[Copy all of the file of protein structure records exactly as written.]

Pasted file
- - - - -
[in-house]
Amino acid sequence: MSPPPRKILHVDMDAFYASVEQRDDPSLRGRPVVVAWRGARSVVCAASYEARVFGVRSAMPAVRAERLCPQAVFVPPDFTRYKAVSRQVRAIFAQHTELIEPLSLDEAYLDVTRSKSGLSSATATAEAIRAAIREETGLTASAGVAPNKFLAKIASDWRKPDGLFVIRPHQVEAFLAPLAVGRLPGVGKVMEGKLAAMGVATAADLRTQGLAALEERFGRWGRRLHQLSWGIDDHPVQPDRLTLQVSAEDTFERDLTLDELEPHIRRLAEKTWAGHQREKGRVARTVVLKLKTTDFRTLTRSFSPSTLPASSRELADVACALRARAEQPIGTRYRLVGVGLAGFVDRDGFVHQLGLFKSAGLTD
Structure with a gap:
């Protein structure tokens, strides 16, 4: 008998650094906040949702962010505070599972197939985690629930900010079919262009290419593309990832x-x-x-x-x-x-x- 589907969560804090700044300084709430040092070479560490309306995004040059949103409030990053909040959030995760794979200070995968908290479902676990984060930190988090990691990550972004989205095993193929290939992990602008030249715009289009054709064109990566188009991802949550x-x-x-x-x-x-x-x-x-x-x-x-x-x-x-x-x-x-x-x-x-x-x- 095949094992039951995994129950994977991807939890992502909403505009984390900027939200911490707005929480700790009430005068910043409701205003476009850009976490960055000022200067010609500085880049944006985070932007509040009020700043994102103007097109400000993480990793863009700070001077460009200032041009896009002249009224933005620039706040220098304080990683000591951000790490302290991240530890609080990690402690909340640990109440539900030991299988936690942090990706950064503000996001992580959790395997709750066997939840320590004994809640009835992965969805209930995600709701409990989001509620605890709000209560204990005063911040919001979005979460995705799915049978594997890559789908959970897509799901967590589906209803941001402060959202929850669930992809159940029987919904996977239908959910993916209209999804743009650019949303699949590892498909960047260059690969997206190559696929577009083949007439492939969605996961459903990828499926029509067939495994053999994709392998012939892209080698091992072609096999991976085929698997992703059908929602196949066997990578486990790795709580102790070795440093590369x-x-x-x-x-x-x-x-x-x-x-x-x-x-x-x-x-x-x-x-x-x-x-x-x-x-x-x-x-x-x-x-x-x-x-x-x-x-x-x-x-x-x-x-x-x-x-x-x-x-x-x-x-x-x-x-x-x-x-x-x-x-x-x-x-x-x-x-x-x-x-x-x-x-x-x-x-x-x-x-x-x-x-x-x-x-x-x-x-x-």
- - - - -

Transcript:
[in-house]
Amino acid sequence: MSPPPRKILHVDMDAFYASVEQRDDPSLRGRPVVVAWRGARSVVCAASYEARVFGVRSAMPAVRAERLCPQAVFVPPDFTRYKAVSRQVRAIFAQHTELIEPLSLDEAYLDVTRSKSGLSSATATAEAIRAAIREETGLTASAGVAPNKFLAKIASDWRKPDGLFVIRPHQVEAFLAPLAVGRLPGVGKVMEGKLAAMGVATAADLRTQGLAALEERFGRWGRRLHQLSWGIDDHPVQPDRLTLQVSAEDTFERDLTLDELEPHIRRLAEKTWAGHQREKGRVARTVVLKLKTTDFRTLTRSFSPSTLPASSRELADVACALRARAEQPIGTRYRLVGVGLAGFVDRDGFVHQLGLFKSAGLTD
Structure with a gap:
């Protein structure tokens, strides 16, 4: 008998650094906040949702962010505070599972197939985690629930900010079919262009290419593309990832x-x-x-x-x-x-x- 589907969560804090700044300084709430040092070479560490309306995004040059949103409030990053909040959030995760794979200070995968908290479902676990984060930190988090990691990550972004989205095993193929290939992990602008030249715009289009054709064109990566188009991802949550x-x-x-x-x-x-x-x-x-x-x-x-x-x-x-x-x-x-x-x-x-x-x- 095949094992039951995994129950994977991807939890992502909403505009984390900027939200911490707005929480700790009430005068910043409701205003476009850009976490960055000022200067010609500085880049944006985070932007509040009020700043994102103007097109400000993480990793863009700070001077460009200032041009896009002249009224933005620039706040220098304080990683000591951000790490302290991240530890609080990690402690909340640990109440539900030991299988936690942090990706950064503000996001992580959790395997709750066997939840320590004994809640009835992965969805209930995600709701409990989001509620605890709000209560204990005063911040919001979005979460995705799915049978594997890559789908959970897509799901967590589906209803941001402060959202929850669930992809159940029987919904996977239908959910993916209209999804743009650019949303699949590892498909960047260059690969997206190559696929577009083949007439492939969605996961459903990828499926029509067939495994053999994709392998012939892209080698091992072609096999991976085929698997992703059908929602196949066997990578486990790795709580102790070795440093590369x-x-x-x-x-x-x-x-x-x-x-x-x-x-x-x-x-x-x-x-x-x-x-x-x-x-x-x-x-x-x-x-x-x-x-x-x-x-x-x-x-x-x-x-x-x-x-x-x-x-x-x-x-x-x-x-x-x-x-x-x-x-x-x-x-x-x-x-x-x-x-x-x-x-x-x-x-x-x-x-x-x-x-x-x-x-x-x-x-x-």